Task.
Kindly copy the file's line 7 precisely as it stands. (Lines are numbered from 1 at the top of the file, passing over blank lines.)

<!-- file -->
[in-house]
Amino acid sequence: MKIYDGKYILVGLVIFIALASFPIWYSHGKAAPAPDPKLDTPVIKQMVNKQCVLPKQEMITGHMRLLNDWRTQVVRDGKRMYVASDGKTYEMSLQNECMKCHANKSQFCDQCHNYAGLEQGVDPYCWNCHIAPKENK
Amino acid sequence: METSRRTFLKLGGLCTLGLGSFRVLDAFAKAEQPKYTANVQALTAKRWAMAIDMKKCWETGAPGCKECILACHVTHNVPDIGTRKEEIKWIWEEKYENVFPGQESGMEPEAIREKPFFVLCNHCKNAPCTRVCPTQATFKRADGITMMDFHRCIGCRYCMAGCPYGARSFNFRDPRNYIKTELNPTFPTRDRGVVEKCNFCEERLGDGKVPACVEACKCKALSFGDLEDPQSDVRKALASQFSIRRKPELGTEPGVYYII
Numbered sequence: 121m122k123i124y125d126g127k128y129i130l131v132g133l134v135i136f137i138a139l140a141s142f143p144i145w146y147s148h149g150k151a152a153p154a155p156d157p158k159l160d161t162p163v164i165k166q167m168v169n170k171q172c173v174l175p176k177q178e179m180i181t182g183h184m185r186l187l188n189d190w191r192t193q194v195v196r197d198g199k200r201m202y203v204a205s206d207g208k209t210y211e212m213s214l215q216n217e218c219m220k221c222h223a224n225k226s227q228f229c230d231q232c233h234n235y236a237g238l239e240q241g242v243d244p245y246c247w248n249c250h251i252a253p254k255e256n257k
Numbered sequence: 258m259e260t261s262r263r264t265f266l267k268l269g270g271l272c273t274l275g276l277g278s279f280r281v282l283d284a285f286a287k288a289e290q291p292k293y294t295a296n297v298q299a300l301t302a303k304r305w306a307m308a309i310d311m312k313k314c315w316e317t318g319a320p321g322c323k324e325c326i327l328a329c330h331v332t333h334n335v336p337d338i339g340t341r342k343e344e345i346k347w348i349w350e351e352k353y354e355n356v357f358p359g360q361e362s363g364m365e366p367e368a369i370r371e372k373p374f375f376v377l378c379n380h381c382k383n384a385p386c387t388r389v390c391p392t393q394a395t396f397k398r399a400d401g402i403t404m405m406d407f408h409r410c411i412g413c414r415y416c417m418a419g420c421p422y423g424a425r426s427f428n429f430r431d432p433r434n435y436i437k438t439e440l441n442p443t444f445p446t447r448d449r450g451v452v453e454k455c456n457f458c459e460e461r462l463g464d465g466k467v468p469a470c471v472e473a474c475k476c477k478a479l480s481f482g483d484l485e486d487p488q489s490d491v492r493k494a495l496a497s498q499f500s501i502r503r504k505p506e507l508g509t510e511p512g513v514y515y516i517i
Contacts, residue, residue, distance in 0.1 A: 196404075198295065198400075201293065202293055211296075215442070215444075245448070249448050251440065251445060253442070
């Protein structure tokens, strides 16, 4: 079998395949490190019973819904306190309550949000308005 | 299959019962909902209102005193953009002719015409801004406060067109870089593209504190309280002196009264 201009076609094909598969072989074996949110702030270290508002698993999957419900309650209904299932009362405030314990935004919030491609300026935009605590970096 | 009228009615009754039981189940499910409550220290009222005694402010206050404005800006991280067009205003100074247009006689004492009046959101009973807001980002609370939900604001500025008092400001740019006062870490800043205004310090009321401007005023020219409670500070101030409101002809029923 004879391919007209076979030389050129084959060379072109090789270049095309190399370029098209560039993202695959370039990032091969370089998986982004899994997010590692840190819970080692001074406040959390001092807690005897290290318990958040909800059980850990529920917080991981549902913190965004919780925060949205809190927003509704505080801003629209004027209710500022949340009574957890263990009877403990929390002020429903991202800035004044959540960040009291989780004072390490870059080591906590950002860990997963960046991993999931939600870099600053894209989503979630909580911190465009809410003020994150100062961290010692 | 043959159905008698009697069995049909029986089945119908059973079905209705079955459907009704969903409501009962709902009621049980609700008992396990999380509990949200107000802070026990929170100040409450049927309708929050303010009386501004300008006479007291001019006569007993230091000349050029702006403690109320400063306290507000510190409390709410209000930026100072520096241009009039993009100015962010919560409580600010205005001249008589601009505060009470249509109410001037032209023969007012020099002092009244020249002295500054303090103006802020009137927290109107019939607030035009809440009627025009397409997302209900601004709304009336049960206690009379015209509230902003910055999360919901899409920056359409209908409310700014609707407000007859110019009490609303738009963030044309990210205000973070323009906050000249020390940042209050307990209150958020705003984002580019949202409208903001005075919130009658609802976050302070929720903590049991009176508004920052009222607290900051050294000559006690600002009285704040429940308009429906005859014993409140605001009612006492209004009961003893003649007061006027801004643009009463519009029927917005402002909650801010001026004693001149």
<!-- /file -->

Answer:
């Protein structure tokens, strides 16, 4: 079998395949490190019973819904306190309550949000308005 | 299959019962909902209102005193953009002719015409801004406060067109870089593209504190309280002196009264 201009076609094909598969072989074996949110702030270290508002698993999957419900309650209904299932009362405030314990935004919030491609300026935009605590970096 | 009228009615009754039981189940499910409550220290009222005694402010206050404005800006991280067009205003100074247009006689004492009046959101009973807001980002609370939900604001500025008092400001740019006062870490800043205004310090009321401007005023020219409670500070101030409101002809029923 004879391919007209076979030389050129084959060379072109090789270049095309190399370029098209560039993202695959370039990032091969370089998986982004899994997010590692840190819970080692001074406040959390001092807690005897290290318990958040909800059980850990529920917080991981549902913190965004919780925060949205809190927003509704505080801003629209004027209710500022949340009574957890263990009877403990929390002020429903991202800035004044959540960040009291989780004072390490870059080591906590950002860990997963960046991993999931939600870099600053894209989503979630909580911190465009809410003020994150100062961290010692 | 043959159905008698009697069995049909029986089945119908059973079905209705079955459907009704969903409501009962709902009621049980609700008992396990999380509990949200107000802070026990929170100040409450049927309708929050303010009386501004300008006479007291001019006569007993230091000349050029702006403690109320400063306290507000510190409390709410209000930026100072520096241009009039993009100015962010919560409580600010205005001249008589601009505060009470249509109410001037032209023969007012020099002092009244020249002295500054303090103006802020009137927290109107019939607030035009809440009627025009397409997302209900601004709304009336049960206690009379015209509230902003910055999360919901899409920056359409209908409310700014609707407000007859110019009490609303738009963030044309990210205000973070323009906050000249020390940042209050307990209150958020705003984002580019949202409208903001005075919130009658609802976050302070929720903590049991009176508004920052009222607290900051050294000559006690600002009285704040429940308009429906005859014993409140605001009612006492209004009961003893003649007061006027801004643009009463519009029927917005402002909650801010001026004693001149």